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1. East, central and south London. v. 2. Streets & population classified. 3. Blocks of buildings, schools and immigration. 4. The trades of East London connected with poverty. This material has been provided by London School of Hygiene & Tropical Medicine Library & Archives Service. The original may be consulted at London School of Hygiene & Tropical Medicine Library & Archives Service.
Life and Labour of the People in London was a multi-volume book by Charles Booth which provided a survey of the lives and occupations of the working class of late 19th century London.
by Charles 1840-1916 Booth (Author), Jesse Argyle (Author). Most people wanting volume I of Booth's work will presumably want the real volume one, which originated the series, rather than a book on a different and more specialized topic published much later. This should be made very clear on the cover, and any possible confusions averted. 3 people found this helpful.
Charles Booth's pioneering survey, Life and Labour of the People in. .
Charles Booth's pioneering survey, Life and Labour of the People in London, published in 17 volumes between 1889 and 1903, was a landmark in empirical social investigation. While the book acknowledges the leading role of Booth himself, it highlights the significance of the contributions of his associates, including Beatrice Potter (Webb), Octavia Hill, Llewellyn Smith and . Life and Labour of the People in London is a founding text of both social history and modern sociology.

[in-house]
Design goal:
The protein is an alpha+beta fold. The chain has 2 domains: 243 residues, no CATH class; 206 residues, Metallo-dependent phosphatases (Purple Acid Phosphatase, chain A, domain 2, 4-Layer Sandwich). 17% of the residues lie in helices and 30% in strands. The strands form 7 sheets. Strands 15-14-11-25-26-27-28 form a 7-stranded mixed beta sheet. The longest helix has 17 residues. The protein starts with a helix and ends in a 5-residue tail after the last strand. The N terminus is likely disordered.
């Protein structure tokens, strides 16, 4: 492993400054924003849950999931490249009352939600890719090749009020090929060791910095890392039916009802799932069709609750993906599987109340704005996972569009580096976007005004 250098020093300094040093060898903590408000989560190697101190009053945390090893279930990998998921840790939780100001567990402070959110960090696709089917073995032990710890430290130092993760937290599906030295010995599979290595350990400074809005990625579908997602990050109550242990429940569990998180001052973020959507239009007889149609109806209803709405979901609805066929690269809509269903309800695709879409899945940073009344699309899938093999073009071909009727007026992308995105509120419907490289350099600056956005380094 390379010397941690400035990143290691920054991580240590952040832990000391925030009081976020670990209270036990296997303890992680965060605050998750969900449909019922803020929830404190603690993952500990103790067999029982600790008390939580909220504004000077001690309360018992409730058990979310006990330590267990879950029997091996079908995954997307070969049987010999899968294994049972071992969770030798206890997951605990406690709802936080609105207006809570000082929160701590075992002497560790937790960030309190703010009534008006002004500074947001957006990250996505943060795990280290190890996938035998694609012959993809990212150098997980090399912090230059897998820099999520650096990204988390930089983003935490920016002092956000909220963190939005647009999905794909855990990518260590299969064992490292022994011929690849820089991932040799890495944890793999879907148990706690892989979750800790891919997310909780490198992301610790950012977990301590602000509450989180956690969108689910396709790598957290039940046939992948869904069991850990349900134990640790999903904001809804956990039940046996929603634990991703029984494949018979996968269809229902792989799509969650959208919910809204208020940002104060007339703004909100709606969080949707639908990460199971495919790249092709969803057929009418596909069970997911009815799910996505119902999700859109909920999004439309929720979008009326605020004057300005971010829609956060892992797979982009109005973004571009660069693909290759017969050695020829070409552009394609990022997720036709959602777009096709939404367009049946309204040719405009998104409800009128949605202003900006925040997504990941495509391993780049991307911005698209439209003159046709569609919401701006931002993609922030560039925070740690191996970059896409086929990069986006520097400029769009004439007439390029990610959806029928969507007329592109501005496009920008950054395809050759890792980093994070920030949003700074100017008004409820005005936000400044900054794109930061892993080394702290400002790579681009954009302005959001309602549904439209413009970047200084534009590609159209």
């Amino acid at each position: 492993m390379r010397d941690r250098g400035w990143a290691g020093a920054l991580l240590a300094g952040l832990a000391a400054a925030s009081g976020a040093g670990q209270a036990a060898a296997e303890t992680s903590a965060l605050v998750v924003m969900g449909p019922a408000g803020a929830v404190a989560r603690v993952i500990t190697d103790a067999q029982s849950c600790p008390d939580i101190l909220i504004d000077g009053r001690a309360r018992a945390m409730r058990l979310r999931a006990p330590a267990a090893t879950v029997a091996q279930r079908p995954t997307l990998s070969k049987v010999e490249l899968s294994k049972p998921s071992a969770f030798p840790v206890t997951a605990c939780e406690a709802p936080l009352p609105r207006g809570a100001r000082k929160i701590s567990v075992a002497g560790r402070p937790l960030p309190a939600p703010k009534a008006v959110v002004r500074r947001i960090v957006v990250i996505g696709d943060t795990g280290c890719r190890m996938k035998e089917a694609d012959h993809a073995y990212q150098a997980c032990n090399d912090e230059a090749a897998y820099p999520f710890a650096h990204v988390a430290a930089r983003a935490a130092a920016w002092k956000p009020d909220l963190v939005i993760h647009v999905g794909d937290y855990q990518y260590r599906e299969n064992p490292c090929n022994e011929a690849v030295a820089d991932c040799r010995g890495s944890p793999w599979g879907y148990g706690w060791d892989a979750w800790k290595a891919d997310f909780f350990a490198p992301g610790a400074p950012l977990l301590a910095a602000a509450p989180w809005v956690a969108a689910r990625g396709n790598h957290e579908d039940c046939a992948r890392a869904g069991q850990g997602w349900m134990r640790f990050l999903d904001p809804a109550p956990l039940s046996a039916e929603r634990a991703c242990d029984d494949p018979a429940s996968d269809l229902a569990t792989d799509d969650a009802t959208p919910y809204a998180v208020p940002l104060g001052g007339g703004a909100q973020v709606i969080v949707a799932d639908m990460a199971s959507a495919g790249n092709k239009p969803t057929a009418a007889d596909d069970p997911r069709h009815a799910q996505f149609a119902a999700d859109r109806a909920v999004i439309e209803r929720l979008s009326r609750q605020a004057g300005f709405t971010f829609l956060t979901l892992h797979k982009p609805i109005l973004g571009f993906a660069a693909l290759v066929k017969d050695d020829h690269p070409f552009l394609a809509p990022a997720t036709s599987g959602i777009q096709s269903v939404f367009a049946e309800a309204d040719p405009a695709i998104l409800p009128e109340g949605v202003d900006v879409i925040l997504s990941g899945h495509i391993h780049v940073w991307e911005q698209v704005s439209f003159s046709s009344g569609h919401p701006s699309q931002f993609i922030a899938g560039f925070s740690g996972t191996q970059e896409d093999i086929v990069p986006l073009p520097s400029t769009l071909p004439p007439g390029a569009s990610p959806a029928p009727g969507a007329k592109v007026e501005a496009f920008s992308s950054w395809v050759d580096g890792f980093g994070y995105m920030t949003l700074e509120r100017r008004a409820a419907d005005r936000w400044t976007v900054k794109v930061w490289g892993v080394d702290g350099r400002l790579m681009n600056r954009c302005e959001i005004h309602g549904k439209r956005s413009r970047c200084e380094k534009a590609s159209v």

by Charles Booth (Author). This is Volume 4 of Booth's Third Series only. It only deals with South London; unclear to me from the scant item description. 21 people found this helpful.
Biographical information on Charles Booth, 1840-1916, author of the Inquiry into Life and Labour in London and . Life in London, punctuated for Charles by frequent business trips both to Liverpool and the United States, was busy and sociable.
Biographical information on Charles Booth, 1840-1916, author of the Inquiry into Life and Labour in London and associated poverty ma. The Booths' circle included such notable figures as Mary's cousin Beatrice Potter (later Beatrice Webb), Octavia Hill of the Charity Organisation Society, and Canon Samuel Barnett.
By (author) Charles 1840-1916 Booth, By (author) Jesse Argyle. Free delivery worldwide.
Accompanying the text was a street map showing gradations of poverty in a spectrum of colour that ran from black, which symbolised "very poor, in chronic want", through to yellow, a visual metaphor for wealth.